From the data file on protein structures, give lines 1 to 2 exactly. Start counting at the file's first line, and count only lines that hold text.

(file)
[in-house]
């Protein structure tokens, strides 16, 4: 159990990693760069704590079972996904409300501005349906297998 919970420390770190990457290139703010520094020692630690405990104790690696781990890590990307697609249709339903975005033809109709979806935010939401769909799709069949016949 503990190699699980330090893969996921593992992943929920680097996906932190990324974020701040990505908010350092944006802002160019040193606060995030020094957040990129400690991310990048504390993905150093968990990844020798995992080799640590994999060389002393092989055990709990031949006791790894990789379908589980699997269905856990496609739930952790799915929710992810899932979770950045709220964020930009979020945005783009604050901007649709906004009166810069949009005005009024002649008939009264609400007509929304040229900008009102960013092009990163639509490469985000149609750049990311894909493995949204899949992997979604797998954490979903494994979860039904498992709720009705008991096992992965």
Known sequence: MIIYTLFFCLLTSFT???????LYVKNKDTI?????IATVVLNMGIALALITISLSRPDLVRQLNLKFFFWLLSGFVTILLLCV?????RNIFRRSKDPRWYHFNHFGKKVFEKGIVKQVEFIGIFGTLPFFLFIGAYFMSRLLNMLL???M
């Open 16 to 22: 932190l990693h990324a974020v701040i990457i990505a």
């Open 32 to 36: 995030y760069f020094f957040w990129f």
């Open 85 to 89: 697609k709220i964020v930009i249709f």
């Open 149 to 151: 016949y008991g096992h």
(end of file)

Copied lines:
[in-house]
């Protein structure tokens, strides 16, 4: 159990990693760069704590079972996904409300501005349906297998 919970420390770190990457290139703010520094020692630690405990104790690696781990890590990307697609249709339903975005033809109709979806935010939401769909799709069949016949 503990190699699980330090893969996921593992992943929920680097996906932190990324974020701040990505908010350092944006802002160019040193606060995030020094957040990129400690991310990048504390993905150093968990990844020798995992080799640590994999060389002393092989055990709990031949006791790894990789379908589980699997269905856990496609739930952790799915929710992810899932979770950045709220964020930009979020945005783009604050901007649709906004009166810069949009005005009024002649008939009264609400007509929304040229900008009102960013092009990163639509490469985000149609750049990311894909493995949204899949992997979604797998954490979903494994979860039904498992709720009705008991096992992965």